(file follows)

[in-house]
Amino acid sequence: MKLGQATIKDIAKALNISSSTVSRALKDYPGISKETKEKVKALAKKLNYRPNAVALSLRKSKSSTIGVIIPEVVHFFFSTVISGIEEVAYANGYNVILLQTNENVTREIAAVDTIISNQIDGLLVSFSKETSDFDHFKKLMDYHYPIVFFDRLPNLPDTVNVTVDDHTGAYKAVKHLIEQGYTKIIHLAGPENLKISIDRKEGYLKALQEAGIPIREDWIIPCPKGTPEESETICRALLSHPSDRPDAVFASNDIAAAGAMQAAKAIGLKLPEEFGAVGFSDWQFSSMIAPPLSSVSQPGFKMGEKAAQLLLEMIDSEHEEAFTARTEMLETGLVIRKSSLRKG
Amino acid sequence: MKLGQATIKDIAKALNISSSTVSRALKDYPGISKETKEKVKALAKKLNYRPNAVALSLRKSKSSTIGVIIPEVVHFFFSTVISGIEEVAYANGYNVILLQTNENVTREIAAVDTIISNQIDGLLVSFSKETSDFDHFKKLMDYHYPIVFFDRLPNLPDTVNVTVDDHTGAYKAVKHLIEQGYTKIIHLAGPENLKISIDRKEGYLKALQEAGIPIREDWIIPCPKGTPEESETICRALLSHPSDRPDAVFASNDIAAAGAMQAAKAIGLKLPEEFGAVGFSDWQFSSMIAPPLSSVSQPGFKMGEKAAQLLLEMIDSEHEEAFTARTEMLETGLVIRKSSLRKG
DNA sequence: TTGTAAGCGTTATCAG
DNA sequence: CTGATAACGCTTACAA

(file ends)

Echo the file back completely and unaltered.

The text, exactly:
[in-house]
Amino acid sequence: MKLGQATIKDIAKALNISSSTVSRALKDYPGISKETKEKVKALAKKLNYRPNAVALSLRKSKSSTIGVIIPEVVHFFFSTVISGIEEVAYANGYNVILLQTNENVTREIAAVDTIISNQIDGLLVSFSKETSDFDHFKKLMDYHYPIVFFDRLPNLPDTVNVTVDDHTGAYKAVKHLIEQGYTKIIHLAGPENLKISIDRKEGYLKALQEAGIPIREDWIIPCPKGTPEESETICRALLSHPSDRPDAVFASNDIAAAGAMQAAKAIGLKLPEEFGAVGFSDWQFSSMIAPPLSSVSQPGFKMGEKAAQLLLEMIDSEHEEAFTARTEMLETGLVIRKSSLRKG
Amino acid sequence: MKLGQATIKDIAKALNISSSTVSRALKDYPGISKETKEKVKALAKKLNYRPNAVALSLRKSKSSTIGVIIPEVVHFFFSTVISGIEEVAYANGYNVILLQTNENVTREIAAVDTIISNQIDGLLVSFSKETSDFDHFKKLMDYHYPIVFFDRLPNLPDTVNVTVDDHTGAYKAVKHLIEQGYTKIIHLAGPENLKISIDRKEGYLKALQEAGIPIREDWIIPCPKGTPEESETICRALLSHPSDRPDAVFASNDIAAAGAMQAAKAIGLKLPEEFGAVGFSDWQFSSMIAPPLSSVSQPGFKMGEKAAQLLLEMIDSEHEEAFTARTEMLETGLVIRKSSLRKG
DNA sequence: TTGTAAGCGTTATCAG
DNA sequence: CTGATAACGCTTACAA